From the internationally bestselling author of The Buddha in the Attic
Up above there are wildfires, smog alerts, epic droughts, paper jams, teachers’ strikes, insurrections, revolutions, record-breaking summers of unendurable heat, but down below, at the pool, it is always a comfortable eighty-one degrees …
Alice is one of a group of obsessed recreational swimmers for whom their local swimming pool has become the centre of their lives – a place of unexpected kinship, freedom, and ritual. Until one day a crack appears beneath its surface …
As cracks also begin to appear in Alice’s memory, her husband and daughter are faced with the dilemma of how best to care for her. As Alice clings to the tethers of her past in a Home she feels certain is not her home, her daughter must navigate the newly fractured landscape of their relationship.
A novel about mothers and daughters, grief and memory, love and implacable loss, The Swimmers is spellbinding, incantatory and unforgettable. The finest work yet from a true modern master.
PRAISE FOR JULIE OTSUKA:
“Otsuka’s keenly observed prose manages to capture whole histories in a sweep of gorgeous incantatory sentences” Marie Claire
“Powerfully moving . . . intensely lyrical . . . verges on the edge of poetry” Independent
“A tender, nuanced, empathetic exploration of the sorrows and consolations of a whole generation of women” Telegraph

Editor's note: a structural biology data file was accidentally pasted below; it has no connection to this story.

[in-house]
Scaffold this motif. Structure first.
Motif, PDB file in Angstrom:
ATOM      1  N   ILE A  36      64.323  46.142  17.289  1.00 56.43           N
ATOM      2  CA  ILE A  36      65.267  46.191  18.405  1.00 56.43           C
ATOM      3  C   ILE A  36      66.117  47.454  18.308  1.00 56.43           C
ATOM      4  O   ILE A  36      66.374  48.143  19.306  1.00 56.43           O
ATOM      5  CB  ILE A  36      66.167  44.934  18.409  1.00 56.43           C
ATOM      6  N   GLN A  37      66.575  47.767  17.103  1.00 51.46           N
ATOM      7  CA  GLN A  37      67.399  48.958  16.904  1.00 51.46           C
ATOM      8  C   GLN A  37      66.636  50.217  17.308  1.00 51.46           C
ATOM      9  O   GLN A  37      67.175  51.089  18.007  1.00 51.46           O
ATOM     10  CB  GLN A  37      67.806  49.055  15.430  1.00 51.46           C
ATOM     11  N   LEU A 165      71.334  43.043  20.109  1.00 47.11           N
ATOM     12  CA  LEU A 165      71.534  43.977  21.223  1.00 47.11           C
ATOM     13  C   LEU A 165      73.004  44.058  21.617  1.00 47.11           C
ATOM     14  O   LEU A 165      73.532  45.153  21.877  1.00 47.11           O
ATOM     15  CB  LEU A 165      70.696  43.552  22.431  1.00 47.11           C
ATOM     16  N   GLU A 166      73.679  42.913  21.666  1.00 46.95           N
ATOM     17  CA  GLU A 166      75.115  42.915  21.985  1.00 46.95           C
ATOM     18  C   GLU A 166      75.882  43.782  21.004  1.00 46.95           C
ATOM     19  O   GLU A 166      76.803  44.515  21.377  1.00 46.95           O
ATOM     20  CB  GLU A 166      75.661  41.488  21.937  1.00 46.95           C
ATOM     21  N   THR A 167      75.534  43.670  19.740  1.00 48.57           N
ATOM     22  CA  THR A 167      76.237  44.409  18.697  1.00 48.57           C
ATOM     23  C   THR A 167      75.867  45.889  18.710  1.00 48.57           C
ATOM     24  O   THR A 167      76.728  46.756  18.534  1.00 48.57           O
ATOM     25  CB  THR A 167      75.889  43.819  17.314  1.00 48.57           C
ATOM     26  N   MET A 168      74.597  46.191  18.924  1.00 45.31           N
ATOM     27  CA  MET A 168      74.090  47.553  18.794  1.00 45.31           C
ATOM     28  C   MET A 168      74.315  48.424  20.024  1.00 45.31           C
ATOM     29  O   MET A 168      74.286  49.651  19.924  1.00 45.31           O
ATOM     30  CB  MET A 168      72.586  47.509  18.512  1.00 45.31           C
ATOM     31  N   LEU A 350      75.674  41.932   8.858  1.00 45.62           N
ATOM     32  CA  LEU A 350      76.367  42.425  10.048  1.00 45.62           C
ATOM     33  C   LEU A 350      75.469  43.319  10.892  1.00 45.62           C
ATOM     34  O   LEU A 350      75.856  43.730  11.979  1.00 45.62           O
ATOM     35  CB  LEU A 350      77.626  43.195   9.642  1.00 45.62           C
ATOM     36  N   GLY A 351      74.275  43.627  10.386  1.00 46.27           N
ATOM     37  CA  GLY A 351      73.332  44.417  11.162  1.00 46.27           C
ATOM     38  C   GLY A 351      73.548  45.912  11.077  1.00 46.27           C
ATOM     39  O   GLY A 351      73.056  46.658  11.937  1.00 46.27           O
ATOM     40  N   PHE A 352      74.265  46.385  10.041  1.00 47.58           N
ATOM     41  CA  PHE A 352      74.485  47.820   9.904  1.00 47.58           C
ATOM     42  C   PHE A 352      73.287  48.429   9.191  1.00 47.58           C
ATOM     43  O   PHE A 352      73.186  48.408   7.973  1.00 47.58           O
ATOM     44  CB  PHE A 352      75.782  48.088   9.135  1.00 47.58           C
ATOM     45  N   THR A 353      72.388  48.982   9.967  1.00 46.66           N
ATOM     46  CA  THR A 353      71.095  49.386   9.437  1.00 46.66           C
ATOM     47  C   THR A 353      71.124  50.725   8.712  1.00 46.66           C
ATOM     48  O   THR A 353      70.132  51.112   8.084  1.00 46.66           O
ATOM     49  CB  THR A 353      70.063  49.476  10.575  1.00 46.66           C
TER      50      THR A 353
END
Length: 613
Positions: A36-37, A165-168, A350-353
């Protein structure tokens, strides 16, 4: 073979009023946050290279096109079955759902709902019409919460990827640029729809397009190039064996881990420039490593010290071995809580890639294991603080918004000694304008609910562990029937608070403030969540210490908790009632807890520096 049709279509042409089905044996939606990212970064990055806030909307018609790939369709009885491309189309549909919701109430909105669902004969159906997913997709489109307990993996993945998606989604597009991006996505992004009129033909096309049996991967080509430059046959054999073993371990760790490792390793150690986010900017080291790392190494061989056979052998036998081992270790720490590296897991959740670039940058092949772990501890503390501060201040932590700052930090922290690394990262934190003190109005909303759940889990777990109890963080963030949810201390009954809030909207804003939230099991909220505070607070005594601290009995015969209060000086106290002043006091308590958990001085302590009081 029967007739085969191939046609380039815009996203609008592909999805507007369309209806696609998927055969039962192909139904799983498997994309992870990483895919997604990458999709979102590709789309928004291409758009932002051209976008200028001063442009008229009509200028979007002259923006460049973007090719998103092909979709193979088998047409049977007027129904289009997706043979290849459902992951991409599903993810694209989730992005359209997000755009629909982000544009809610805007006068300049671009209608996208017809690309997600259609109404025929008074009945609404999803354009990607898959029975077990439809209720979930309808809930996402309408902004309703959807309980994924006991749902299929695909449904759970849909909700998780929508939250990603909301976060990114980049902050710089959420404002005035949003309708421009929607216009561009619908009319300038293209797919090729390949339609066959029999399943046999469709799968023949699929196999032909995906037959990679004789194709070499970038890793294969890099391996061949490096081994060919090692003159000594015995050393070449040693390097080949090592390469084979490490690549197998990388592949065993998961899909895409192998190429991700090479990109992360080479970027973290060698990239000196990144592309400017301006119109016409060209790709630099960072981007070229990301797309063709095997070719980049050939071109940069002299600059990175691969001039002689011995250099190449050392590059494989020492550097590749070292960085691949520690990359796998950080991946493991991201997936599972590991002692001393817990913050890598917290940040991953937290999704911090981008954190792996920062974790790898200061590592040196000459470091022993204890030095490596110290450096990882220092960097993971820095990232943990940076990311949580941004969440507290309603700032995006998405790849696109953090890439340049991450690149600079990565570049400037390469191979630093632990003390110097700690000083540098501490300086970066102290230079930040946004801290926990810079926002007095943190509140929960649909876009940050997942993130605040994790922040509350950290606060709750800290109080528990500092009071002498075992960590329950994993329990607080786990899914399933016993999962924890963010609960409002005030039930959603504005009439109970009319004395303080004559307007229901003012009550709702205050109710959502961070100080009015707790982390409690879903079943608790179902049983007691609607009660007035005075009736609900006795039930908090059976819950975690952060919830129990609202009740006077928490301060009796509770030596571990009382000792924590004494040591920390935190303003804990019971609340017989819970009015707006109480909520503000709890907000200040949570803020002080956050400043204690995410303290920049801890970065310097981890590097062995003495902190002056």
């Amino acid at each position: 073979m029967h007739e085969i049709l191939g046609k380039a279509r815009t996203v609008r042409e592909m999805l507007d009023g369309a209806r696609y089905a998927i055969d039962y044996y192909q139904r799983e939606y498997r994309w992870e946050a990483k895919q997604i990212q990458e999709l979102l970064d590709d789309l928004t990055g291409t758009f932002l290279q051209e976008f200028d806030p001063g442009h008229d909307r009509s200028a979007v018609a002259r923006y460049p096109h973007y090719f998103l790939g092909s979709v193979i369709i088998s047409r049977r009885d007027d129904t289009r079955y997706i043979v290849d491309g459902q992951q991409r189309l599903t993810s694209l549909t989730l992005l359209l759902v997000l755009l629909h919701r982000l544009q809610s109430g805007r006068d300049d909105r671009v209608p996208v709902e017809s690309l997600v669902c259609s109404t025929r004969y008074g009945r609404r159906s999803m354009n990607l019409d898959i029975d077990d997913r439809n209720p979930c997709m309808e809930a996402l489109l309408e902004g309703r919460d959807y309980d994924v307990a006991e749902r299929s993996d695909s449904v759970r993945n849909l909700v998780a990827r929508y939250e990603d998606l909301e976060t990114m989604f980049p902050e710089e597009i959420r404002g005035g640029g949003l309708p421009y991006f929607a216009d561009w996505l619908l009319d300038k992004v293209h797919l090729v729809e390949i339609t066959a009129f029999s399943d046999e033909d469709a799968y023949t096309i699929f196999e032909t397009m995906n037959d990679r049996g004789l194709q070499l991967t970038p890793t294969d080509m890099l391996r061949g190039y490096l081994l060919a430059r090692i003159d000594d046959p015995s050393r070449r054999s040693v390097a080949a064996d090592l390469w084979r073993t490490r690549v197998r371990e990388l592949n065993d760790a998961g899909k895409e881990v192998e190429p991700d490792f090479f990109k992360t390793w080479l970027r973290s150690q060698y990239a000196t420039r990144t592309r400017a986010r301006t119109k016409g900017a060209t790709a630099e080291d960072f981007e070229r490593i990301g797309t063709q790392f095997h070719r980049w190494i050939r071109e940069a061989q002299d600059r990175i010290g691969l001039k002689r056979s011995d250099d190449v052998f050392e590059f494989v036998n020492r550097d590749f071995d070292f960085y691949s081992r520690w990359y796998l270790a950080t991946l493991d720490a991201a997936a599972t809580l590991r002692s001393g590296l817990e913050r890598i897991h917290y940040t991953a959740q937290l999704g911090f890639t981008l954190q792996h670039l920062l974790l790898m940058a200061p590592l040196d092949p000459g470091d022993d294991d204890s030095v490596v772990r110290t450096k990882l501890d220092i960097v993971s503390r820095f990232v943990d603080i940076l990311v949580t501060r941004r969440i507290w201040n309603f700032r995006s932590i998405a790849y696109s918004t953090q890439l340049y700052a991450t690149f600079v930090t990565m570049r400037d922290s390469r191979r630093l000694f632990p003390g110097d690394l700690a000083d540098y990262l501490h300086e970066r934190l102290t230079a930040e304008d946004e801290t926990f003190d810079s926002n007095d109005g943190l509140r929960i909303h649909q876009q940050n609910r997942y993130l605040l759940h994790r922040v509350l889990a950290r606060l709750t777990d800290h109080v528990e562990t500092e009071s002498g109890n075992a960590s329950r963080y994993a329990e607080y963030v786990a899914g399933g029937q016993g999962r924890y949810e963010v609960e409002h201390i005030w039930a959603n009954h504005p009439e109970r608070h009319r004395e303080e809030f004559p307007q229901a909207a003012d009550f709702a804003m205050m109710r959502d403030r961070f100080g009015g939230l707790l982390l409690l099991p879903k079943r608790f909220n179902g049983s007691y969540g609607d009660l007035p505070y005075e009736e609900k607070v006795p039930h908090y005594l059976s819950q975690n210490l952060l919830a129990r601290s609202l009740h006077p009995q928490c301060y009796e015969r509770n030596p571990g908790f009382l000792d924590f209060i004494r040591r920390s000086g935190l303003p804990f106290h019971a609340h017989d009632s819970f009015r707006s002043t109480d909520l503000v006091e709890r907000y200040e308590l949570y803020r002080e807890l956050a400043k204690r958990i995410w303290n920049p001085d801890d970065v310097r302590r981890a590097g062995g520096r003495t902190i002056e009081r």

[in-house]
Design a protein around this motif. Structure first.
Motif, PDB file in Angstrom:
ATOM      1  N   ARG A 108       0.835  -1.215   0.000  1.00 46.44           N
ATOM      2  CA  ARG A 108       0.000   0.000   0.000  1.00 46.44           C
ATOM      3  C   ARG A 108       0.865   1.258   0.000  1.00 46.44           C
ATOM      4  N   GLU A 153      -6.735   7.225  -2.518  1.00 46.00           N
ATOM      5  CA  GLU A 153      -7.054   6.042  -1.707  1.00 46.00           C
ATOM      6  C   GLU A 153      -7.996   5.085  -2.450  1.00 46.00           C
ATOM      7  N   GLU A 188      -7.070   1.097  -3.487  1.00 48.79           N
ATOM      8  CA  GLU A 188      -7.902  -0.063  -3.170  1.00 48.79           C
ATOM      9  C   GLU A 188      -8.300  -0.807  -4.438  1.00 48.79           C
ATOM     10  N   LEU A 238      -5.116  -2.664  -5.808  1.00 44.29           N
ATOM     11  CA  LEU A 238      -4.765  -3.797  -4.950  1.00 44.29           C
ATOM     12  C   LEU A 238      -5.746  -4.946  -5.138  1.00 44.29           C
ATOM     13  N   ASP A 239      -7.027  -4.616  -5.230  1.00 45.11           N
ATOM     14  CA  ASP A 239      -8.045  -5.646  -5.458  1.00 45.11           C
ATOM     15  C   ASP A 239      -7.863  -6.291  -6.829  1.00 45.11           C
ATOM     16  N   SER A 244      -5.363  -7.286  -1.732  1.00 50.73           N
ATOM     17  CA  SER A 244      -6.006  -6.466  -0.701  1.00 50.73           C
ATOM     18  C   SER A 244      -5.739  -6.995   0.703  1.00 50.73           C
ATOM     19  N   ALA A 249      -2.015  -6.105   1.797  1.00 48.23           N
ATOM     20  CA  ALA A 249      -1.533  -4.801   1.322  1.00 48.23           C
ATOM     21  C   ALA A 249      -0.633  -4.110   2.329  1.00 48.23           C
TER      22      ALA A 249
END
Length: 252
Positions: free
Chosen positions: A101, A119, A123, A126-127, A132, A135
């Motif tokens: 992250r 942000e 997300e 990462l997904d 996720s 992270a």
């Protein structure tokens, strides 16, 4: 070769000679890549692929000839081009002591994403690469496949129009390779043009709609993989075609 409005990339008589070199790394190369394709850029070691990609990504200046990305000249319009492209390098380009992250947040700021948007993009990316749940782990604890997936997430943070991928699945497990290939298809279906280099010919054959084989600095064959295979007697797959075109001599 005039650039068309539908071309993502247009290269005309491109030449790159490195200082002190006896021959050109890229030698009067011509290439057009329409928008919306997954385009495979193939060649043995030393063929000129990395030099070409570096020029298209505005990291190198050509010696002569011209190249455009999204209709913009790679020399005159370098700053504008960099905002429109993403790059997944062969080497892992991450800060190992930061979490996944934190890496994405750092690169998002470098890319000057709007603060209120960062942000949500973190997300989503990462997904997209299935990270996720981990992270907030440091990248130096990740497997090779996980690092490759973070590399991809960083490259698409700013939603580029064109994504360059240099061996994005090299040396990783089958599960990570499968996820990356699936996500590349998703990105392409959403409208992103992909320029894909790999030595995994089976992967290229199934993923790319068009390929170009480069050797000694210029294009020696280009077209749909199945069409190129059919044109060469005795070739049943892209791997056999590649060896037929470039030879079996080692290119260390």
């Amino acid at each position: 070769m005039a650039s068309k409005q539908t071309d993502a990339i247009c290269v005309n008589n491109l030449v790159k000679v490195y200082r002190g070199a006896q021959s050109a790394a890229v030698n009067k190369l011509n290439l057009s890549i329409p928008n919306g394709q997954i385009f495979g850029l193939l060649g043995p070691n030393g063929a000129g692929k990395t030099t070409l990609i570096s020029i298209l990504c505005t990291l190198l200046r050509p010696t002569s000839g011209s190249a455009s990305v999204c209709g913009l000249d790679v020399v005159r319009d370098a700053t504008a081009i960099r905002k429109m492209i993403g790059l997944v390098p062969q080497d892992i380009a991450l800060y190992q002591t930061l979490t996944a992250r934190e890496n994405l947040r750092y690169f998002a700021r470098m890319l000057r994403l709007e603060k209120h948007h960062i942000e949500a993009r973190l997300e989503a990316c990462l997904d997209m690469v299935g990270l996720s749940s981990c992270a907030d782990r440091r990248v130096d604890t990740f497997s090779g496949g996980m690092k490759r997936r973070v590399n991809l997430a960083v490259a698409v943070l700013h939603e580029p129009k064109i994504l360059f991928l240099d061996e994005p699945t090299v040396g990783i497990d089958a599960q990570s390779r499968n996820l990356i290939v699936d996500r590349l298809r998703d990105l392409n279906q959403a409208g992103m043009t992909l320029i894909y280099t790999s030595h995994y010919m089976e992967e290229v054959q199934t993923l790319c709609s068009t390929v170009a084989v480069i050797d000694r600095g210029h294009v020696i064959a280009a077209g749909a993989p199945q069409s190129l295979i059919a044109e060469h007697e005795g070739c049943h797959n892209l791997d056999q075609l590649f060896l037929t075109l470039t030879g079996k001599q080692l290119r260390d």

Here comes the new Julie Otsuka novel, so we can begin to live again * Colson Whitehead, author of Harlem Shuffle * Heartbreaking and astoundingly good * Rebecca Makkai, author of The Great Believers * An unforgettable novel about mothers and daughters by a spellbinding talent * Daily Mail * Stylistically ambitious and deeply moving * Kirkus Reviews * A tender, nuanced, empathetic exploration of the sorrows and consolations of a whole generation of women * Telegraph - In praise of The Buddha in the Attic * A goddamn heartbreaker * Emma Straub, author of The Vacationers * A story of memory loss and its fallout for family, and of the power of pool friendship. Glittering and tender. * Sainsbury's Magazine * Powerfully moving . . . intensely lyrical . . . verges on the edge of poetry * The Independent - In praise of The Buddha in the Attic * Intriguing . . . fleeting, singular images pile up and reverberate against each other to strange, memorable effect * Metro - In praise of The Buddha in the Attic * Sweeping, symphonic, empathic . . . subtle, infinitely skilful . . . an exhilarating, compulsive read. Otsuka's haunting, heartbreaking conclusion, in the aftermath of Pearl Harbor, is faultless * Daily Mail - In praise of The Buddha in the Attic *
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